EC and EP do not agree at first readingSecond reading provision Council adopts a common opinion by QMV Council provides its position explanation to the EP Commission provides its position explanation to the EP EP right to approve/ take no action EC adopts the common position as a legislative act in case of EP approval orinaction EP right to amend/reject by the absolute majority of the MEPs EC refers the proposal to a conciliation committee comprised of equalnumber of EC and EP representatives ) a conciliation committee agrees on a joint text– proposal is approved by QMV of the EC and majority voting in the EP-) a conciliation committee can not agree on a joint text– proposal is droppedJEAN MONNET European Module

AssentEP absolute majority assent to– membership agreements– International agreementsJEAN MONNET European Module

Decision-making authority shared byIntergovernmental and Supranational institutions“with the member states retaining a very substantial rolein decision making, including the exclusive power toextend or reduce EU policy making competencies.”JEAN MONNET European Module

John Peterson’s approach based onsudivision into levels of analysisLevelDecisive variableBest modelSuper-systemicHistory makingdecisionsChange in the widerpolitical /economicenvironmentMacro temicPolicy settingInstitutional changeInstitutionlismMeso levelPolicy shapingResource dependenciesPolicy network analysisPeterson J. “Decision making in the European Union: Towards a framework foranalysis”, Journal of European Public Policy 2(1)JEAN MONNET European Module

Jeremy Richardson’s approachA toolkit for analyzing development of a piece of legislation or emergence of EUpolicy competence?Stage of the policy processTheoretical toolsAgdenda settingEpistemic communitiesPolicy formationPolicy communities / networksPolicy decisionsInstitutional analysisPolicy implementationInterorganizational / behaviouralanalysisRichardson. J. (1996) “Policy making in the EU: Interests, Ideas and GarbageCans of Primeval Soup” in J. Richardson (ed.), “European Union: Power andPolicy Making” (London: Routleadge).JEAN MONNET European Module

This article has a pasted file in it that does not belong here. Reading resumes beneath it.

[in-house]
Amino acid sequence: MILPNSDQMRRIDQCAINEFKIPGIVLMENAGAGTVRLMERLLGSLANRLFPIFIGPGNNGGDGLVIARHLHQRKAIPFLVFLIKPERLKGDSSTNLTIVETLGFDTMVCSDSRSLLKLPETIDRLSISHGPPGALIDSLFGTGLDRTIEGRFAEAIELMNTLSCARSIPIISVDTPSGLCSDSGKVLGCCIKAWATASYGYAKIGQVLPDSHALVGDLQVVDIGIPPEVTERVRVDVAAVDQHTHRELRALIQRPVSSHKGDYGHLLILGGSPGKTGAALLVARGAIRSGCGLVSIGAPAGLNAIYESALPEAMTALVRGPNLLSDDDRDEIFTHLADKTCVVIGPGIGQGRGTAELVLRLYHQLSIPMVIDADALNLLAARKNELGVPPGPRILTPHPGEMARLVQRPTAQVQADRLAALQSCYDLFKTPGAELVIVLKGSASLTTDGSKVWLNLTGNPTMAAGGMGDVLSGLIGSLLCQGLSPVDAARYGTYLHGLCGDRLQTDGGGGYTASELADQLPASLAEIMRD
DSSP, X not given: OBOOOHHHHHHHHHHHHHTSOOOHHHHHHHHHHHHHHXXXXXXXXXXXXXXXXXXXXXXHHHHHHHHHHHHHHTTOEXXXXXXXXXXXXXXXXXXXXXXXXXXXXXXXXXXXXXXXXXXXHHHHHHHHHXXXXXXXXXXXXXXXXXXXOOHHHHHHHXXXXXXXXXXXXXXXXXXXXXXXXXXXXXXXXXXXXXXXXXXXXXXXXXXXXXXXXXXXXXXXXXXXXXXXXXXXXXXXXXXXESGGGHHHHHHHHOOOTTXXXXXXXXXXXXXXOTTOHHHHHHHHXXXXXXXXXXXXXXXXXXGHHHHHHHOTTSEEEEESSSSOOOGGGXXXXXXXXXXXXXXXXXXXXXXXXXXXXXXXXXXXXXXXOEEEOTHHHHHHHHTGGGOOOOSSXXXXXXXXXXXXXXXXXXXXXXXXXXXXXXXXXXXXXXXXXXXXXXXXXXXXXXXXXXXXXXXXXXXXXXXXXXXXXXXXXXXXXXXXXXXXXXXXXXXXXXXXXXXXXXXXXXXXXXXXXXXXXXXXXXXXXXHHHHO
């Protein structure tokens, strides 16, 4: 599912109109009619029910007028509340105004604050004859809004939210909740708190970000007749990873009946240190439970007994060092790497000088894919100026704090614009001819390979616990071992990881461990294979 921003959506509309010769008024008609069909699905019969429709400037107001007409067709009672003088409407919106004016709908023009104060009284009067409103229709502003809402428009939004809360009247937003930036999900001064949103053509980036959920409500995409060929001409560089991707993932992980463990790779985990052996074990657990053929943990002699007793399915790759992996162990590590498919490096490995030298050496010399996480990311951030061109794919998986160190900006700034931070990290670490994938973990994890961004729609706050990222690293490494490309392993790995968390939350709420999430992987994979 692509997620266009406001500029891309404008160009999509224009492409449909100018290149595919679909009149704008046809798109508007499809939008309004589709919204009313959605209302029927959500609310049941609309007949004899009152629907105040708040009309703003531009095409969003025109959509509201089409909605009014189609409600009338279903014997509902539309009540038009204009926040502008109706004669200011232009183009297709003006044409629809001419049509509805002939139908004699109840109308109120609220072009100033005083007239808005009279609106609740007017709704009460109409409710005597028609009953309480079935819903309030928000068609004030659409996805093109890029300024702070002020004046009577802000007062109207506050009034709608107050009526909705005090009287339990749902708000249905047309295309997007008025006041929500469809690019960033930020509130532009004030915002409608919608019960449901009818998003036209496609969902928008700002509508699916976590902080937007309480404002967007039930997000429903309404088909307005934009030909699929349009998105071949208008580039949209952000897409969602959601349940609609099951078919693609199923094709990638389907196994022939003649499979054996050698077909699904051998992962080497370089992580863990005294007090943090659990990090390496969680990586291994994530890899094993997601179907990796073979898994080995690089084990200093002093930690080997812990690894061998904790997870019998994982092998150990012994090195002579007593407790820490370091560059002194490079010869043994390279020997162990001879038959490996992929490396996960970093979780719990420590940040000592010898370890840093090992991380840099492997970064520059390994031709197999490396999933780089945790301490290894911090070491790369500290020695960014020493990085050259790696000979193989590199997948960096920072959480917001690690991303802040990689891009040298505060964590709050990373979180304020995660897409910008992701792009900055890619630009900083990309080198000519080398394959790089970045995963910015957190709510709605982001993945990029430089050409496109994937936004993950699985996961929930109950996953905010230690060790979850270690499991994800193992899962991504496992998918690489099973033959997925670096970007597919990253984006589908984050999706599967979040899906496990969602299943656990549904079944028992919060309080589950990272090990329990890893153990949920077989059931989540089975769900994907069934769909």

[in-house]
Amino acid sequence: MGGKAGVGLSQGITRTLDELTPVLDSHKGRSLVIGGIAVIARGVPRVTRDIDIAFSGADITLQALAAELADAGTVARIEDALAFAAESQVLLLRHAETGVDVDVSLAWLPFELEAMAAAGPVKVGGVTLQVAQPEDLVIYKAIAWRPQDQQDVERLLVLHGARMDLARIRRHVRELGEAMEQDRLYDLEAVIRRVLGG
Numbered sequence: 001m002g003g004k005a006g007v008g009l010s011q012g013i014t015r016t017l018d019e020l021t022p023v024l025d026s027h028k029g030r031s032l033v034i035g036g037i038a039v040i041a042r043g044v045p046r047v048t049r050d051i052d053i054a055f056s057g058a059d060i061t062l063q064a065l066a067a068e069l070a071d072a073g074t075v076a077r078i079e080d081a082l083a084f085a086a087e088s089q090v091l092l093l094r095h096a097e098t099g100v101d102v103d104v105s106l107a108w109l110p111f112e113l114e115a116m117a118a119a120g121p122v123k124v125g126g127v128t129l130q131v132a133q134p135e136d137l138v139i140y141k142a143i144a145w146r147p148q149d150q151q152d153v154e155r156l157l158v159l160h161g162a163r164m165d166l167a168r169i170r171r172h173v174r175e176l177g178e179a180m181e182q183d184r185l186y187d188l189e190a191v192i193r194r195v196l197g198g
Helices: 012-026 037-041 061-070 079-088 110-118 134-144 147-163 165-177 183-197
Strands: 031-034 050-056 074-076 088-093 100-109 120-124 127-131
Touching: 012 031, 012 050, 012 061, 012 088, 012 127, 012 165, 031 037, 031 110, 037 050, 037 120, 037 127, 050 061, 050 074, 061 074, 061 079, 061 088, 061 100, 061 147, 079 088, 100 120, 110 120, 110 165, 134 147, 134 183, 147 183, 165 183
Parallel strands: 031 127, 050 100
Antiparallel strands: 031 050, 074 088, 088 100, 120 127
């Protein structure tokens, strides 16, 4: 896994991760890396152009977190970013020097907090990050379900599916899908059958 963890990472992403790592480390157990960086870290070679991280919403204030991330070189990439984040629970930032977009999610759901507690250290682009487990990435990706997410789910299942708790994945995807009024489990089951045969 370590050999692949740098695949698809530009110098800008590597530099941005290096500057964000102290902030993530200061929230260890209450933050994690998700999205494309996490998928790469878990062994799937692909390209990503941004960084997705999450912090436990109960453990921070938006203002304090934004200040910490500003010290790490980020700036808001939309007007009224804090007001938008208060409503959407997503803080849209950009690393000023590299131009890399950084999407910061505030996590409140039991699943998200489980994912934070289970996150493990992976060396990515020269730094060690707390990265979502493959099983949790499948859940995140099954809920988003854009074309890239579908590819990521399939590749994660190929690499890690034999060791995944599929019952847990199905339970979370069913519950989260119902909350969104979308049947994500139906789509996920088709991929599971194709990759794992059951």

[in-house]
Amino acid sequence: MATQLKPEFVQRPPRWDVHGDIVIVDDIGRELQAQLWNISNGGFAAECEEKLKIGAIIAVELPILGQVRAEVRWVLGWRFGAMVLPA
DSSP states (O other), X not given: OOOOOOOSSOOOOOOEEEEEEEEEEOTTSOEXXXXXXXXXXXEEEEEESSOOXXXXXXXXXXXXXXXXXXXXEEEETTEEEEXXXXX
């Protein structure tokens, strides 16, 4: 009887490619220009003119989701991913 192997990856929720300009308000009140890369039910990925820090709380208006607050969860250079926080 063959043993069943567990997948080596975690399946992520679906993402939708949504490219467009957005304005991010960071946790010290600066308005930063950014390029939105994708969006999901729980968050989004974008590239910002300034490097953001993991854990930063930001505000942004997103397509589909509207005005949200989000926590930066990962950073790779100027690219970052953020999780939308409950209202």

Policy network analysis – actor based approachPolicy networks“a cluster of actors, each of which has an interest or “stake” in agiven policy sector and the capacity to help determine policysuccess or failure”Peterson J. in Policy Networks and European Union Policy Making Serve as venues for pooling and exchanging information /exerting influence Facilitate reconciliation, mediation, compromise Facilitate policy making by reinforcing / creating normsJEAN MONNET European Module

Policy network analysis: main propositions Policy networks structures affect policy outcomes inthe discreet EU policy sectors. Federal and quasi federal polities give rise togovernance by policy networks. Governance by policy networks may result inlegitimacy deficit.JEAN MONNET European Module

Policy network analysis: level of analysis and scope ofapplicationMeso (sub systemic) level of decision making– Cohesion policy– Research policy– CAP“A repertoire of adaptable network systems at the EU levelrather than a single pattern”Peterson J. in Policy NetworksJEAN MONNET European Module

EU policy networksRelatively stable –if insular & resources independent Highly discrete and disconnected – sectors/policiesExpertise / knowledge based - “epistemic communities”Policy goals based – advocacy coalitionsTechnocratic - Comitology systemMore horizontal than vertical in structureBrussels based and linked to national networksJEAN MONNET European Module

Critique Policy network does not constitute a model or atheory Policy making in EU is fluid, uncertain, diverseand too overpopulated to constitute stablenetworks Policy network analysis lacks the theory of power Policy network debate is vague and faces thechallenge of empirical verificationJEAN MONNET European Module